11. ​​​​​​​Bettinger JA, Scheifele DW, Le Saux N, et al. The disease burden of invasive meningococcal serogroup B disease in Canada. Pediatr Infect Dis J. 2013;32(1):e20-e25.
    12. ​​​​​​​Marshall GS, Dempsey AF, Srivastava A, Isturiz RE. US college students are at increased risk for serogroup B meningococcal disease. J Pediatric Infect Dis Soc. 2020;9(2):244-247. doi:10.1093/jpids/piz024.
    13. Folaranmi T, Rubin L, Martin SW, et al. Use of serogroup B meningococcal vaccines in persons aged ≥10 years at increased risk for serogroup B meningococcal disease: recommendations of the Advisory Committee on Immunization Practices, 2015. MMWR. 2015;64(22):608-612.
    14. ​​​​​​​MacNeil N. Epidemiology and prevention of meningococcal disease in adolescents. Centers for Disease Control and Prevention. National Center for Immunization & Respiratory Diseases. Meningitis and Vaccine Preventable Disease Branch. http://health.mo.gov/living/wellness/immunizations/pdf/meningoccalvaccines71615.pdf. July 16, 2015. Accessed July 7, 2020.
    15. Centers for Disease Control and Prevention. Enhanced meningococcal disease surveillance report, 2018. Centers for Disease Control and Prevention website. https://www.cdc.gov/meningococcal/downloads/NCIRD-EMS-Report-2018.pdf. Accessed July 22, 2020.
    16. MacNeil JR, Rubin L, Folaranmi T, et al. Use of serogroup B meningococcal vaccines in adolescents and young adults: recommendations of the Advisory Committee on Immunization Practices, 2015. MMWR. 2015;64(41):1171-1176.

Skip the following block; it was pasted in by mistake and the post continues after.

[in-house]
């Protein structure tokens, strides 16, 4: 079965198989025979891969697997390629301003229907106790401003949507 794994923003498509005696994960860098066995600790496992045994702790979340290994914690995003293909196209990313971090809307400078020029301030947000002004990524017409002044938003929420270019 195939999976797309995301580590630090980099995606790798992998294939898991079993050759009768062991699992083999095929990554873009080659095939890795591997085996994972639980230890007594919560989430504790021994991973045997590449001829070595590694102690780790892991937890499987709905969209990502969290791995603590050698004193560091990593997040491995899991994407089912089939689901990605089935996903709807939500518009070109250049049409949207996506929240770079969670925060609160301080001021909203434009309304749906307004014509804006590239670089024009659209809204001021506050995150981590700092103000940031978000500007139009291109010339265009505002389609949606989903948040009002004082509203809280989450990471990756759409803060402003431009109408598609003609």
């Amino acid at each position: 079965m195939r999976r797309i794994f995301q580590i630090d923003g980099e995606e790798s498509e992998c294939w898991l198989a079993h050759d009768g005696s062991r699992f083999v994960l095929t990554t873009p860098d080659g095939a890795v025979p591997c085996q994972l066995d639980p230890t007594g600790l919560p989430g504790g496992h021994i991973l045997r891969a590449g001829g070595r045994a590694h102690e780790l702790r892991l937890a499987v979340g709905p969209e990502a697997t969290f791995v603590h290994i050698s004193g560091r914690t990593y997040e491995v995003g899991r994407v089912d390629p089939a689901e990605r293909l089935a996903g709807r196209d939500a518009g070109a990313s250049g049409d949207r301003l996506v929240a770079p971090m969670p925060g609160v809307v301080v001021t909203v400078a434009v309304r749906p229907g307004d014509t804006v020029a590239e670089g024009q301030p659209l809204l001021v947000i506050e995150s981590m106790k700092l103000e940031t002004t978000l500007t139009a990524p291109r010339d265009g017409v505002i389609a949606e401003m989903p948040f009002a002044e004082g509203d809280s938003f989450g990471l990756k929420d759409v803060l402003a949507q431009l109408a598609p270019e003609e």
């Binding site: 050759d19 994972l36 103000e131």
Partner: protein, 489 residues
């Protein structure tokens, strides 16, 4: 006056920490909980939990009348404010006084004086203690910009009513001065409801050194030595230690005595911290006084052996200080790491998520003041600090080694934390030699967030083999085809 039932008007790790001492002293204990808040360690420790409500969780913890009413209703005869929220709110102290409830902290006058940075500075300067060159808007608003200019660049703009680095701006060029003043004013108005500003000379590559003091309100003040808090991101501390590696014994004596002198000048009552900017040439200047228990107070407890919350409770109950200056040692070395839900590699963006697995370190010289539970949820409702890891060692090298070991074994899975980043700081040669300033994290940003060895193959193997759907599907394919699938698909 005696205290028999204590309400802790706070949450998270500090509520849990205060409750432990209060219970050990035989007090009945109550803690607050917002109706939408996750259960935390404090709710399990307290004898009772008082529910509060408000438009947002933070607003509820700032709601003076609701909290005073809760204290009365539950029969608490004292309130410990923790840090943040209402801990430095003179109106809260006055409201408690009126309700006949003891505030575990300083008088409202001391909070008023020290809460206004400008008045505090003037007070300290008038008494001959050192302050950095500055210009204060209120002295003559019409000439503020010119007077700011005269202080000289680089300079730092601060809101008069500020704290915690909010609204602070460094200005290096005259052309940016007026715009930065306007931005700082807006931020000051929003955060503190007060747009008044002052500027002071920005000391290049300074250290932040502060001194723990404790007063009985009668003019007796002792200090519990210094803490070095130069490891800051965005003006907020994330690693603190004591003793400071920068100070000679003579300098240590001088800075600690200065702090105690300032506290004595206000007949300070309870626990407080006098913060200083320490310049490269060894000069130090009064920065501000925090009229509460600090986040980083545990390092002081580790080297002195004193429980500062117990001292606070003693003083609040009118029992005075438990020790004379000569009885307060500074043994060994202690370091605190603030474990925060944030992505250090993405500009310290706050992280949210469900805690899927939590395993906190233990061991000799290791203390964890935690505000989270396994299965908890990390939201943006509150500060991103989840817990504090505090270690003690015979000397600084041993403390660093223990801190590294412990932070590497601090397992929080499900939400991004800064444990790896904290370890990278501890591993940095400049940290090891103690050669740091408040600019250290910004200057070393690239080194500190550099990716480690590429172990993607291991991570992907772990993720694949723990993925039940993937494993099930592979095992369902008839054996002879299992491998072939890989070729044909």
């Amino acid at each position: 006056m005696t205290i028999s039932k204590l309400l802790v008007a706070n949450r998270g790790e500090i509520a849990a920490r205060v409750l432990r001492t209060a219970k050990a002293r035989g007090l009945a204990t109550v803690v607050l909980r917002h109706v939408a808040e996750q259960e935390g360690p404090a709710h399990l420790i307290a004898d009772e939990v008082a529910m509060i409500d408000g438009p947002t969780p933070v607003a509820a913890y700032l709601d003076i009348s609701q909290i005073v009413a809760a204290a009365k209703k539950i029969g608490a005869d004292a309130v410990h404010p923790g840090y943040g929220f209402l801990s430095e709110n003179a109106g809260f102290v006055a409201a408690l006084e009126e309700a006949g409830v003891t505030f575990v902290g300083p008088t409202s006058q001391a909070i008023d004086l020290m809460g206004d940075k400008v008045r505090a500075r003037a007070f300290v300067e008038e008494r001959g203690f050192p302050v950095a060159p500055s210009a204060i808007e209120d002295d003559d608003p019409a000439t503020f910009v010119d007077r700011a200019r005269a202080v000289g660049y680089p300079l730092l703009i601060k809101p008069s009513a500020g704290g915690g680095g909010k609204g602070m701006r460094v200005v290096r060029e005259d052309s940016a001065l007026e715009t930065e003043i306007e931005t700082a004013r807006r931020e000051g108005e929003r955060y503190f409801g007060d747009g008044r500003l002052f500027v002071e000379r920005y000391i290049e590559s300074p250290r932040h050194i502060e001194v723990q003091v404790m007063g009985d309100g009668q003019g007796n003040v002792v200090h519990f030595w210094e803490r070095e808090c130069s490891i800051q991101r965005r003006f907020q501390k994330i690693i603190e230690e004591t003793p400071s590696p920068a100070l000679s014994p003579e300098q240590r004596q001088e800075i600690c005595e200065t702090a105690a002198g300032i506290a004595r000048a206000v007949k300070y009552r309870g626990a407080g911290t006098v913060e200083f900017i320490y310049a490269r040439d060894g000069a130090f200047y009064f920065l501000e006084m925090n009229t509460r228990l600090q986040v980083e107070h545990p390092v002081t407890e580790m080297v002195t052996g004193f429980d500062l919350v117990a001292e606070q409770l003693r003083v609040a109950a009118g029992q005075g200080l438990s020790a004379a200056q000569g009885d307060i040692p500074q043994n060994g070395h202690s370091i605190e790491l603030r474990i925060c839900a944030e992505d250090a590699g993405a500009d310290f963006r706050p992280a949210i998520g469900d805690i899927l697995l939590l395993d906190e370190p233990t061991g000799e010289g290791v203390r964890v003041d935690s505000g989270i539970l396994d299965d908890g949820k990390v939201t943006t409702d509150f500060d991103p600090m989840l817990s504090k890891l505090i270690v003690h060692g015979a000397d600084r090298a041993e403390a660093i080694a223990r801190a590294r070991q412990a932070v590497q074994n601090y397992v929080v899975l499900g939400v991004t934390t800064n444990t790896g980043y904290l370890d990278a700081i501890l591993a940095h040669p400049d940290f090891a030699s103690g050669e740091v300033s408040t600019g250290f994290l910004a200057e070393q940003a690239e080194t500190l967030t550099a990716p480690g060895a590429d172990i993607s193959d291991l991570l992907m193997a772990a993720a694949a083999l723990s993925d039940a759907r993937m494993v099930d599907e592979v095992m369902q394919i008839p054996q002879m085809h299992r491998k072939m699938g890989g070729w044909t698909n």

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    Coadministration with TRUMENBA

    TRUMENBA is the only MenB vaccine that demonstrated cross-coverage of diverse MenB strains.1

    See the data

    The science behind TRUMENBA

    Only TRUMENBA targets both subfamilies, A and B, of fHBP.1

    See the science

    Indication

    • Trumenba is a vaccine indicated for active immunization to prevent invasive disease caused by Neisseria meningitidis serogroup B. Trumenba is approved for use in individuals 10 through 25 years of age
    • The effectiveness of the two-dose schedule of Trumenba against diverse N meningitidis serogroup B strains has not been confirmed
    • Severe allergic reaction after a previous dose of Trumenba is a contraindication
    • Some individuals with altered immunocompetence may have reduced immune responses to Trumenba
    • Persons with certain complement deficiencies and persons receiving treatment that inhibits terminal complement activation (for example, eculizumab) are at increased risk for invasive disease caused by Neisseria meningitidis serogroup B even if they develop antibodies following vaccination with Trumenba
    • As with any vaccine, vaccination with Trumenba may not protect all vaccine recipients against N meningitidis serogroup B infections
    • Syncope (fainting) can occur in association with administration of injectable vaccines, including Trumenba. Procedures should be in place to avoid injury from fainting
    • In clinical studies, the most common solicited adverse reactions in adolescents and young adults were pain at injection site (≥85%), fatigue (≥60%), headache (≥55%), and muscle pain (≥35%). Nausea was reported in up to 24% of adolescents in early phase studies
    • Sufficient data are not available on the safety and effectiveness of using Trumenba and other meningococcal group B vaccines interchangeably to complete the vaccination series
    • Safety and effectiveness have not been established in pregnant women
    • Trumenba is a vaccine indicated for active immunization to prevent invasive disease caused by Neisseria meningitidis serogroup B. Trumenba is approved for use in individuals 10 through 25 years of age
    • The effectiveness of the two-dose schedule of Trumenba against diverse N meningitidis serogroup B strains has not been confirmed

    Please see full Prescribing Information.​​​​​​​